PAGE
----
Saturday, May 07, 2005

Unbridled Spirit, Jack

Did you watch the Kentucky Derby today? It was great fun. An exciting finish. Way to go, Giacomo.

I noticed the state of Kentucky put some serious money into an advertising campaign that touted The Bluegrass State as a place of "unbridled spirit." Get it?

The irony is, nothing about the Kentucky Derby is "unbridled," especially the horses. Everything those horses do is precisely controlled, measured, and dictated...24 hours a day.

Guess what? Nothing about attaining spiritual freedom is unbridiled either.

You are like a horse in the Kentucky Derby. If you want a free spirit, what the ancient ones called moksha, you've got to restrain yourself. One of the paths to freedom laid out by Patanjali (ashtanga, the eight-limbed path) starts with setting boundaries. These boundaries are called yamas.

The greatest of these restraints is non-harming, ahimsa. Start there. Start with yourself. When you practice today, impose this limit on your behavior. Don't do anything that is harsh or injurious. Don't do anything that ignores your highest good.

I'm not saying you should do nothing. I'm not saying you should avoid intense sensations. You'll have to do yoga. But, do your practice with attention and intention. When you notice you're dominating your body, back off.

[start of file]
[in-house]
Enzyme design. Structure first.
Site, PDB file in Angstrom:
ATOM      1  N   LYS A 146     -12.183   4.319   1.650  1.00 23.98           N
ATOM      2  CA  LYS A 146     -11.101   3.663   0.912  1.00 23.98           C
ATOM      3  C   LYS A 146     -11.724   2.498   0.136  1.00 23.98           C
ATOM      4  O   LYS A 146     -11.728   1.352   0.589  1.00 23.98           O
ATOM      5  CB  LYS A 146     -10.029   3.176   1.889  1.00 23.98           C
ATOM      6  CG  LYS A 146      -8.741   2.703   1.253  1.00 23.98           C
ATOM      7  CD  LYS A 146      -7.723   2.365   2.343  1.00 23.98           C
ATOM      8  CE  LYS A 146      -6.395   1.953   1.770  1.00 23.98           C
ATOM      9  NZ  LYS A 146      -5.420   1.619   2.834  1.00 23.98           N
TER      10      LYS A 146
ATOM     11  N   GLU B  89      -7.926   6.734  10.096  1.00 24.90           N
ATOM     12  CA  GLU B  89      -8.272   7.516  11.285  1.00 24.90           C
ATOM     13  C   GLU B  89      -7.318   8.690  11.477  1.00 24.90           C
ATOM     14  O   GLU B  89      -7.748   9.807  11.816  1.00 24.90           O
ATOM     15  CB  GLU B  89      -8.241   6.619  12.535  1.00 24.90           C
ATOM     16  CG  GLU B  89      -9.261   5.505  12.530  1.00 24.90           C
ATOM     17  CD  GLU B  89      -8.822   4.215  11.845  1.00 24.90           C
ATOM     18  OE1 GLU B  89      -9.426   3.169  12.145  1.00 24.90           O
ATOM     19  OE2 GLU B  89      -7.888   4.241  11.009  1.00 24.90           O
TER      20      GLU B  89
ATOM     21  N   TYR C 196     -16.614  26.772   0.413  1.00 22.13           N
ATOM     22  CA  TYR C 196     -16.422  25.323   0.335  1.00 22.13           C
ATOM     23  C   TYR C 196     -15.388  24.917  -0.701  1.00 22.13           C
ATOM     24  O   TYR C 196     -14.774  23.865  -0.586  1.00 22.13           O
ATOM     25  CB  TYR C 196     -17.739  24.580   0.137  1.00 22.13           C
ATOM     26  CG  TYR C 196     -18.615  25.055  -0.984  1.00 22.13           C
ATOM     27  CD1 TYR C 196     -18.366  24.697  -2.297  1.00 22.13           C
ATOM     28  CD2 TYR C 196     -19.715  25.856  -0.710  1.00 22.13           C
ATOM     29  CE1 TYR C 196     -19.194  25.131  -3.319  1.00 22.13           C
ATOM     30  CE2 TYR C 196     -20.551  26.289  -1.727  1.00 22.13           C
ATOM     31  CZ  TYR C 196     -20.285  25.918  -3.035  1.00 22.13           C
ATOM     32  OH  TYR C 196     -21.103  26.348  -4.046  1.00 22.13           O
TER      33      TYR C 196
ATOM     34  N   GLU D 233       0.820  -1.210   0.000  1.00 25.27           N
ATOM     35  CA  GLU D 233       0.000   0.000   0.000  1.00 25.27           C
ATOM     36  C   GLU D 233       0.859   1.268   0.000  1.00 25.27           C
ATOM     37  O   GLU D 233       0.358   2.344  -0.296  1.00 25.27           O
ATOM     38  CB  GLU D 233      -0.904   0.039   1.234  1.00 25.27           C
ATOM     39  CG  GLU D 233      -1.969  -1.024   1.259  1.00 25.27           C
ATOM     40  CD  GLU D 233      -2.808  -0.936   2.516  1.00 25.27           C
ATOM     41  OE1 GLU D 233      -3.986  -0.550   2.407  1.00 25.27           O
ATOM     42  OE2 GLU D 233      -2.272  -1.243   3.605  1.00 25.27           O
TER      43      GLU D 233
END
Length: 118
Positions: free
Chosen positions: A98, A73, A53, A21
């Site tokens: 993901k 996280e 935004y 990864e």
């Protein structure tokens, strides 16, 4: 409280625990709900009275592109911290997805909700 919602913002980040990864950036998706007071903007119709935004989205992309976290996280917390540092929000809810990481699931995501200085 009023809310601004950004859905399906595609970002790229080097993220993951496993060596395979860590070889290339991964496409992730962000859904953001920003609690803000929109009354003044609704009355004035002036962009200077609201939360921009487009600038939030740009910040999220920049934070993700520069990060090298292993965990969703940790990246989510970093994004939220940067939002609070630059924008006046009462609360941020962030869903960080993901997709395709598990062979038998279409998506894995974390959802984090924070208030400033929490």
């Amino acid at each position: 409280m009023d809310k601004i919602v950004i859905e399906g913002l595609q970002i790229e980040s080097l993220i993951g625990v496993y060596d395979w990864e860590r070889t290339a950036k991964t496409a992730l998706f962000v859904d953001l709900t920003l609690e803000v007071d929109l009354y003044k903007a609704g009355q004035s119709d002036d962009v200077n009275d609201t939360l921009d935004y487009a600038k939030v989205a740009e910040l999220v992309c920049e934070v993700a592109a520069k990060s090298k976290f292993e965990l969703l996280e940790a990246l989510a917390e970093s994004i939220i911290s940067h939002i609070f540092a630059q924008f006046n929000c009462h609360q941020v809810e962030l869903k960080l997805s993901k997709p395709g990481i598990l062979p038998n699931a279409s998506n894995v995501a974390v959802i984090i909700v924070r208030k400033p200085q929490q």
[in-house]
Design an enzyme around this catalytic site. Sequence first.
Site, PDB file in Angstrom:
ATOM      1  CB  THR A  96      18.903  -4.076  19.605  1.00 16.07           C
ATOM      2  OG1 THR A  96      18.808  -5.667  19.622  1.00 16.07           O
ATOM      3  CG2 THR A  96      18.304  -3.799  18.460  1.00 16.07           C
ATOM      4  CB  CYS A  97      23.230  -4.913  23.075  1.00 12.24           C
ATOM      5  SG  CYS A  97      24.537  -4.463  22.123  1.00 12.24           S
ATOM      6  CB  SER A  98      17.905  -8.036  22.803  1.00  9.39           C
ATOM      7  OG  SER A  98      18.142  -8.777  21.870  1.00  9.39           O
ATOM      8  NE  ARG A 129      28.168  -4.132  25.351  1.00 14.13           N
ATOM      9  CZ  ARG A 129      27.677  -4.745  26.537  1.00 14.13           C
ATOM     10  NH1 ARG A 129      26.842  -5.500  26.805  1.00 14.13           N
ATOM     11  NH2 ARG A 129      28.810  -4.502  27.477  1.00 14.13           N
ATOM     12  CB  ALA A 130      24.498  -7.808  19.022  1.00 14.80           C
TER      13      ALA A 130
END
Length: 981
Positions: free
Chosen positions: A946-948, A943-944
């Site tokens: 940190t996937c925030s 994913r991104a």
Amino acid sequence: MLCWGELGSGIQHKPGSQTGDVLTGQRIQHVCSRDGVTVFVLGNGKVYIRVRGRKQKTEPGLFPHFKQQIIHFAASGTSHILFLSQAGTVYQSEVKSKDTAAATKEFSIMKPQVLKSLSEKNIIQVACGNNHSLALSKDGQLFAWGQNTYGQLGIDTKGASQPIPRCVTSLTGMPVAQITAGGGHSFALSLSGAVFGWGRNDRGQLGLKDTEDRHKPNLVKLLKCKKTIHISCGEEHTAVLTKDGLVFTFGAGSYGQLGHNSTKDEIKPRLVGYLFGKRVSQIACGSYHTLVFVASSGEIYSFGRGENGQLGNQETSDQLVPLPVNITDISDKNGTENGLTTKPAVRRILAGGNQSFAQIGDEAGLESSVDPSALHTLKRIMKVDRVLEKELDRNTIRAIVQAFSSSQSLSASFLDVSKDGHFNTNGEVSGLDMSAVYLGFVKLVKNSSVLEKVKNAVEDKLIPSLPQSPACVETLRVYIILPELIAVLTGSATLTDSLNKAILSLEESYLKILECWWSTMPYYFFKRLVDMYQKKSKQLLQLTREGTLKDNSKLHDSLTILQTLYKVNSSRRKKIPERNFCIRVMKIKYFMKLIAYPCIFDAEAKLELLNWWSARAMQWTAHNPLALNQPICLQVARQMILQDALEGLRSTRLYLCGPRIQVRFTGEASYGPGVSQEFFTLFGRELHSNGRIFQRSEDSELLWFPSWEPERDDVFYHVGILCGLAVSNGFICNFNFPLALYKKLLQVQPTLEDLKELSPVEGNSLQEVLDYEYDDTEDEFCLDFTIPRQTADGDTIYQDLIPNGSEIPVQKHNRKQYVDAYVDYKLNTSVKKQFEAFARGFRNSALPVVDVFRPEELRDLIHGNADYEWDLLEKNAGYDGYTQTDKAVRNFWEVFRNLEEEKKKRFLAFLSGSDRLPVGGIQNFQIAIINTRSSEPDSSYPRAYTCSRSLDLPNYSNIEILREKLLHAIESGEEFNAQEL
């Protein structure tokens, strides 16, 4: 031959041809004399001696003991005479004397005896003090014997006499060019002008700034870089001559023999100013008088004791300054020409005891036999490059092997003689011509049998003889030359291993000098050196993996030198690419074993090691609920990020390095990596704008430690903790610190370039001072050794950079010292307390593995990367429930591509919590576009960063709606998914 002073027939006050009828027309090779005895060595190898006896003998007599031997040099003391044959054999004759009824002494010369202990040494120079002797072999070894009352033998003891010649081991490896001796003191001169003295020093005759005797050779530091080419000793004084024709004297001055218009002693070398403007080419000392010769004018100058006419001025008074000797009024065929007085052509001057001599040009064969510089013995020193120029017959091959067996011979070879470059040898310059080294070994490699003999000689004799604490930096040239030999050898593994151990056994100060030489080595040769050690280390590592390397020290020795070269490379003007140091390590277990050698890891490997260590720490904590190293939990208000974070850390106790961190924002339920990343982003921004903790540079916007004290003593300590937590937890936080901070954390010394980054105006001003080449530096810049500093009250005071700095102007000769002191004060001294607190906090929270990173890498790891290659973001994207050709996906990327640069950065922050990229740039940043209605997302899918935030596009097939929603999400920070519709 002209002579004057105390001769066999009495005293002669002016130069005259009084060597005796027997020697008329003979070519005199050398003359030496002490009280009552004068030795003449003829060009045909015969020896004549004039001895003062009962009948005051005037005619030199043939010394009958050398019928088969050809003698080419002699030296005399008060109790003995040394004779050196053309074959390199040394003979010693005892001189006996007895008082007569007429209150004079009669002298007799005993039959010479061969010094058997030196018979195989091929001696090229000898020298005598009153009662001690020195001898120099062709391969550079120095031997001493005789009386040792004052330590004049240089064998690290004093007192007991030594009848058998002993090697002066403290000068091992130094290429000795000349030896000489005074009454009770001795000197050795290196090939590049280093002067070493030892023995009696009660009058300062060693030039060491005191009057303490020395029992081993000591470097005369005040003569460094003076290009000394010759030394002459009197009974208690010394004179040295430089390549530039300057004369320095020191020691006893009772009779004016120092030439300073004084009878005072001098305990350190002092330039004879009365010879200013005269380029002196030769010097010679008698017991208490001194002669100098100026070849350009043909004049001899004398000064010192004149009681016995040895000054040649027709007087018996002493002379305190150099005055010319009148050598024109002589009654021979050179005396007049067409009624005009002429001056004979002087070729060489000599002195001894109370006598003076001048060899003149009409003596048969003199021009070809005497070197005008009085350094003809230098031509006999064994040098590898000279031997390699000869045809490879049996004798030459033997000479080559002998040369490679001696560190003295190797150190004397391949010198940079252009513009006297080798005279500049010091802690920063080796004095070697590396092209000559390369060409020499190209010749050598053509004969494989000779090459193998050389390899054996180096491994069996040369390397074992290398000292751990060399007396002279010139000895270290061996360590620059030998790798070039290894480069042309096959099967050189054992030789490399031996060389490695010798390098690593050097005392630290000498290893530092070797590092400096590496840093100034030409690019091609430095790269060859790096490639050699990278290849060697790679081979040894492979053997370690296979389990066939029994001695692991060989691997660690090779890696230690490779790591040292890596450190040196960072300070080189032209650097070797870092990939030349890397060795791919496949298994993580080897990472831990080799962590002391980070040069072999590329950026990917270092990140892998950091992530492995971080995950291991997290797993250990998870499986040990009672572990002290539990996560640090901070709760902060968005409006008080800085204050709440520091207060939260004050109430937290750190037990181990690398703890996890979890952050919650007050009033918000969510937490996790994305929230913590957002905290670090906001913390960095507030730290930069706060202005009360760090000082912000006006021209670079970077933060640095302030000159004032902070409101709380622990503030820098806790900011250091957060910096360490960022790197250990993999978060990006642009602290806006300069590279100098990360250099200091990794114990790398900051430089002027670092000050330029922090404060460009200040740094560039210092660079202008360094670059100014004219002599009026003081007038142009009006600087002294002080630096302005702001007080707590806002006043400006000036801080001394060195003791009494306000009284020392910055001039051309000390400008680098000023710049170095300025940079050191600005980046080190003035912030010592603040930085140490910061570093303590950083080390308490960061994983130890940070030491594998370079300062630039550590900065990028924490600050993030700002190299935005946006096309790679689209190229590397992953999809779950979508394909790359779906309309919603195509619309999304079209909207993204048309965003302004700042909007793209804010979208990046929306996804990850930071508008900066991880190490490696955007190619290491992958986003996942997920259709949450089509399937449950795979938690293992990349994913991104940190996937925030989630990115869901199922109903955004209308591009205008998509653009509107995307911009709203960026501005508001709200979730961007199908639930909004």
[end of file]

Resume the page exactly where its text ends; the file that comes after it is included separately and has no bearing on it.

Primum non nocere
. First, do no harm. It's the Hippocratic oath, too.

The ads say you can experience unbridled spirit if you're inside the borders of the great state of Kentucky. Patanjali, and all truth-tellers, recognize that true freedom of spirit exists only inside the borders of the Great Commandment, that you love one another.

Don't just read about it. Get up. Experience it. Experience yoga!

Kevin Perry

p.s., Did you catch the yoga connection to the Kentucky Derby winner today? Giacomo's owner, Jerry Moss, co-founded A&M records. He's produced records for probably one of the most well-known practitioners of yoga in the world, Sting. Moss named his thoroghbred after Sting's son, Jack, nicknamed Giacomo.

p.p.s., 'Ashtanga' is made up of two Sanskrit word roots, ashta (eight) and anga (limb). You'll learn how to count in Sanskrit (eka, dwi, tri, chatura...) when you participate in my Experience Sanskrit workshop. Math will never be the same. Click here to find out more about our Experience Sanskrit workshop coming up June 25, 2005 at the Saint Louis YogaSource. By the way, the pose ashtavakrasana means 'crooked in eight places pose.' Believe it or not, most of the people who participate in the Experience Sanskrit workshop can do the pose before they go home at the end of the day, if they want to.

crooked in eight places pose Posted by Hello

p.p.p.s., Speaking of do yoga, do you have an orange I DO YOGA wristband from Click over there now and get yours. One dollar from each purchase goes to the American Red Cross for aid to Tsunami victims. The yoga community has donated over $5,800 through this project. Thank you for your efforts to help those in need.

Copyright 2005. All rights reserved by Mo Yoga LLC.


Blogger Rajiv Ramaratnam said...

Hi Kevin,
Apologies for the delayed response. To refresh your memory, you had left a comment at
First of all, thanks for visiting and secondly, if by chance you visit the Boston area around the 21st, the non-profit I belong to is conducting a FREE day-long Yogathon at Quincy Massachusetts. Please visit for more info. Once again, thanks for visting.

4:52 PM  

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